Optical coherence tomography (OCT) is a powerful biomedical imaging technology that relies on the coherent detection of backscattered light to image tissue morphology in vivo. As a consequence, OCT is susceptible to coherent noise, known as speckle noise, which imposes significant limitations on its diagnostic capabilities. Here we show Speckle- Modulating OCT (SM-OCT), a method based purely on light manipulation, which can remove speckle noise, including noise originating from sample multiple back-scattering. SM-OCT accomplishes this by creating and averaging an unlimited number of scans with uncorrelated speckle patterns, without compromising spatial resolution. The uncorrelated speckle patterns are created by scrambling the phase of the light with sub-resolution features using a moving ground-glass diffuser in the optical path of the sample arm. This method can be implemented in existing OCTs as a relatively low-cost add-on. SM-OCT speckle statistics follow the expected decrease in speckle contrast as the number of averaged scans increases. Within a scattering phantom, SM-OCT provides a 2.5-fold increase in effective resolution compared to conventional OCT. Using SM-OCT, we reveal small structures in the tissues of living animals, such as the inner stromal structure of a live mouse cornea, the fine structures inside the mouse pinna, and sweat ducts and Meissner’s corpuscle in the human fingertip skin – features that are otherwise obscured by speckle noise when using conventional OCT or OCT with current state of the art speckle reduction methods. Our results indicate that SM-OCT has the potential to improve the current diagnostic and intra-operative capabilities of OCT.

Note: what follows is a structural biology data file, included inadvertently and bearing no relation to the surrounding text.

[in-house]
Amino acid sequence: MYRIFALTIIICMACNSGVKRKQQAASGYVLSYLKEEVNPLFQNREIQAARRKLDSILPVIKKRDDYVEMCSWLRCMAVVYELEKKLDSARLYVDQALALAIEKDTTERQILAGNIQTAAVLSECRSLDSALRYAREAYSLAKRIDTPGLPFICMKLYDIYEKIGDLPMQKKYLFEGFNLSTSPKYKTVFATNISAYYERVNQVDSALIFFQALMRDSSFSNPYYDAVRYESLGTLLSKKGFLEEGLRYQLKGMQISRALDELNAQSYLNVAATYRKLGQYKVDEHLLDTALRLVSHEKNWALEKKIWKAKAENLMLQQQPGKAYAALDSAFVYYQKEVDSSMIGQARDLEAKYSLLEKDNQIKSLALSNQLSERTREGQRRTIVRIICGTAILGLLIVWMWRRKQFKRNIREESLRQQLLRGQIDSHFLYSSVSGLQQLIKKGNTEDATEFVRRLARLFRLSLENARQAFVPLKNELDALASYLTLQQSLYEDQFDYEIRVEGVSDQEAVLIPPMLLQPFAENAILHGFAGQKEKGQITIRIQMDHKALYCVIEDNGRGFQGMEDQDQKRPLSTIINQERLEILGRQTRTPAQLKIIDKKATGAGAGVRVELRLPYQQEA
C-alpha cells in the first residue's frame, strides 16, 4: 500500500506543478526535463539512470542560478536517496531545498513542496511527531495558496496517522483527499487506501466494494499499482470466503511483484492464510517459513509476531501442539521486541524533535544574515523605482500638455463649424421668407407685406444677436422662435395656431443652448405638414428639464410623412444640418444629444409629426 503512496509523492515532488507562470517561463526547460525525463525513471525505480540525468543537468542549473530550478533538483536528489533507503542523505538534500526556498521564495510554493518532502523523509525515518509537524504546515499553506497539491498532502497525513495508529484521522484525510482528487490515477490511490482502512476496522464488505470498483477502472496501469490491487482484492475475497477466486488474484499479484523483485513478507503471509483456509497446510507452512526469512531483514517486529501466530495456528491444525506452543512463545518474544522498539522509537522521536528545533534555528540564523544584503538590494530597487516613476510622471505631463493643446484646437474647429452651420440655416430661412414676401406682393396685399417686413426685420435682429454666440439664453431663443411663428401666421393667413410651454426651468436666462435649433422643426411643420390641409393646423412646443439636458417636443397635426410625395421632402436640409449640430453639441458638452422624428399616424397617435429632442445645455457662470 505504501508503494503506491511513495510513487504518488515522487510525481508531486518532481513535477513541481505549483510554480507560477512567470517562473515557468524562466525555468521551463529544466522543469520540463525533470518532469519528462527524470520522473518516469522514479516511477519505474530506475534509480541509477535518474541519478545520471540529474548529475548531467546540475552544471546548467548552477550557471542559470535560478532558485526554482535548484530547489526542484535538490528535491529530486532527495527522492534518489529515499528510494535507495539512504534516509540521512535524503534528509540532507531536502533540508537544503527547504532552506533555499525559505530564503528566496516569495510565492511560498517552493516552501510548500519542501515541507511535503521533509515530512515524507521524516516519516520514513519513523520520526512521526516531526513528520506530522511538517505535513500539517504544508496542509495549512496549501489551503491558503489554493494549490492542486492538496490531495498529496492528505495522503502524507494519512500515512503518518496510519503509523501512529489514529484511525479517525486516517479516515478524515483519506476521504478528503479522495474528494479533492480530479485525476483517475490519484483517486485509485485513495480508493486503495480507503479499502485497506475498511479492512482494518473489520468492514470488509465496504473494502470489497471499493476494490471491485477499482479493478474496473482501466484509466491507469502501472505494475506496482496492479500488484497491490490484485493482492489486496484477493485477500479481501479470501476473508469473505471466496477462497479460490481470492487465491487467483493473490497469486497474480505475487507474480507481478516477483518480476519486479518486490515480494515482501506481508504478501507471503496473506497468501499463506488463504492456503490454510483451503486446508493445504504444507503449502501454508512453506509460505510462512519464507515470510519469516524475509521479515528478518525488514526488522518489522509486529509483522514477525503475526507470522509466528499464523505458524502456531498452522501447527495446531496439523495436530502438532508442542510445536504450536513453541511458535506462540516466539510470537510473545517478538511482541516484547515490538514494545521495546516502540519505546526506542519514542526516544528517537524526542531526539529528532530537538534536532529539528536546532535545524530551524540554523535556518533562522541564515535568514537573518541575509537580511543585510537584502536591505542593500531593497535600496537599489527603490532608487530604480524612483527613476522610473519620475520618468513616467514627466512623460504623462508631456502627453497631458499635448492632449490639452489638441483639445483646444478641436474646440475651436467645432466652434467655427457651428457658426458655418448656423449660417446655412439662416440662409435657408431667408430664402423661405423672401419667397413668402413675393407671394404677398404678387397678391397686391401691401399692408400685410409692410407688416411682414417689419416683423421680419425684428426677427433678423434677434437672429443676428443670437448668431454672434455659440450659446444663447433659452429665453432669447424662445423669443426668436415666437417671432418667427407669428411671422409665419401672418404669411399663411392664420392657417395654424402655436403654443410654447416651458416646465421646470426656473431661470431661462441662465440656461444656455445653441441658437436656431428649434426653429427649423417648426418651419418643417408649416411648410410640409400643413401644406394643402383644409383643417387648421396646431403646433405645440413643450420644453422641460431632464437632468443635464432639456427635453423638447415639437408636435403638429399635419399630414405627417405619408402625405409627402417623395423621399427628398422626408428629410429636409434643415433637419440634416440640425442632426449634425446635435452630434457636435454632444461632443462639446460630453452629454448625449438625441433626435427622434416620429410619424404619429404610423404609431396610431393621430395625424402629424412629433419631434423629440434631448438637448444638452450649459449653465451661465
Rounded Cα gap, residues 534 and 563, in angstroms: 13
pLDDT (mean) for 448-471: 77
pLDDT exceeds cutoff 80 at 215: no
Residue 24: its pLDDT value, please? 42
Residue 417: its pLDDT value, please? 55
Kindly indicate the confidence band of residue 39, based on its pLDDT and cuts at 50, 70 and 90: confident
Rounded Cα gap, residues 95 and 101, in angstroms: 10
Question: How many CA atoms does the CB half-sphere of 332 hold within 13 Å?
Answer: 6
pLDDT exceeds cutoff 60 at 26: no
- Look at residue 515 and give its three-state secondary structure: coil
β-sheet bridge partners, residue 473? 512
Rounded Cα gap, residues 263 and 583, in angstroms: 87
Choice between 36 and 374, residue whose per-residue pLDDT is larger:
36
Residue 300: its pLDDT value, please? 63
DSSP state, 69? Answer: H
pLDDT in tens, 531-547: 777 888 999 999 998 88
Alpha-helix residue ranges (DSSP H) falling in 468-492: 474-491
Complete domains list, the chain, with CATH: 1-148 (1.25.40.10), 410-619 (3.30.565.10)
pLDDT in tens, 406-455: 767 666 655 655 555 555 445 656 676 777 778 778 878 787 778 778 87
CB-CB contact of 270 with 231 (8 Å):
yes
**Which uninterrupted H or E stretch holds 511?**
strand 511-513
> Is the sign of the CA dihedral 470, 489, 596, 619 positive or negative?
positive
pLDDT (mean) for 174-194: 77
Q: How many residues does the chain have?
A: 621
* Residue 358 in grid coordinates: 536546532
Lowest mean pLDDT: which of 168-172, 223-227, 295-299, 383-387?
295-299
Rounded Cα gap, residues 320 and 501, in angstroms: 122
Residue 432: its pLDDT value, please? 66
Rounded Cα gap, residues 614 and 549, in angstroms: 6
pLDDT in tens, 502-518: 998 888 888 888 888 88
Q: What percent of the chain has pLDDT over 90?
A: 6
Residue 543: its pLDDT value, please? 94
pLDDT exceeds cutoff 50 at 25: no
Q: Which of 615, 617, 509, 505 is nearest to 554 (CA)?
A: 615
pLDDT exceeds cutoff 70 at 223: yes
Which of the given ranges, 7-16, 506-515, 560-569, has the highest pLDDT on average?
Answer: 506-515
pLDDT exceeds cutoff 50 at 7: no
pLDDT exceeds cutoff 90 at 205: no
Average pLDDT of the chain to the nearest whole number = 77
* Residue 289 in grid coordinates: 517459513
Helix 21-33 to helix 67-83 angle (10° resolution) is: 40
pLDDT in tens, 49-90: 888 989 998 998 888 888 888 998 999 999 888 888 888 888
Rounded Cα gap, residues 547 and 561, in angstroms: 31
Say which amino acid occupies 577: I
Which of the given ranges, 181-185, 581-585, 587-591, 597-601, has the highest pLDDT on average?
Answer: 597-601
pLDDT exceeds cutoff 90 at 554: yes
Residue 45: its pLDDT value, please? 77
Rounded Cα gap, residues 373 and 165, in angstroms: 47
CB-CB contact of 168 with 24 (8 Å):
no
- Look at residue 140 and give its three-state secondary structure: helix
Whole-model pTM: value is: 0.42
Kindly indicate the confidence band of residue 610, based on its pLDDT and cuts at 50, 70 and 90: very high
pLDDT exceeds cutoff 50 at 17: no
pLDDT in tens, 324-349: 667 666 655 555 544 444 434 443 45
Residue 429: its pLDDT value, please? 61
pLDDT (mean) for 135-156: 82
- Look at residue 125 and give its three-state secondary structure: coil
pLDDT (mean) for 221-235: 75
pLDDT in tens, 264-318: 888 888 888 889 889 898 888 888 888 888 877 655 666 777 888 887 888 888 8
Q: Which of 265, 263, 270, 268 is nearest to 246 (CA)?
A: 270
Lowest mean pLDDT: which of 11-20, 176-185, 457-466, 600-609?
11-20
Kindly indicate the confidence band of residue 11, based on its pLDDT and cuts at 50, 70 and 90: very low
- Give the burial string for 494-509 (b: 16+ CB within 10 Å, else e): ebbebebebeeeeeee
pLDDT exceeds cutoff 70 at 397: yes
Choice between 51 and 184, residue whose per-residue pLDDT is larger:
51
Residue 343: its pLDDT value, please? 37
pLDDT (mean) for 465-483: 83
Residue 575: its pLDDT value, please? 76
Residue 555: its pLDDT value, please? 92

Optical Coherence Tomography (OCT) imaging of living subjects offers millimeters depth of penetration into tissue while maintaining high spatial resolution. However, because most molecular biomarkers do not produce inherent OCT contrast signals, exogenous contrast agents must be employed to achieve molecular imaging. Here we demonstrate that microbeads (μBs) can be used as effective contrast agents to target cellular biomarkers in lymphatic vessels and can be detected by OCT using a phase variance algorithm. We applied this technique to image the molecular dynamics of lymphatic vessel endothelial hyaluronan receptor 1 (LYVE-1) <i>in vivo</i>, which showed significant down-regulation during tissue inflammation.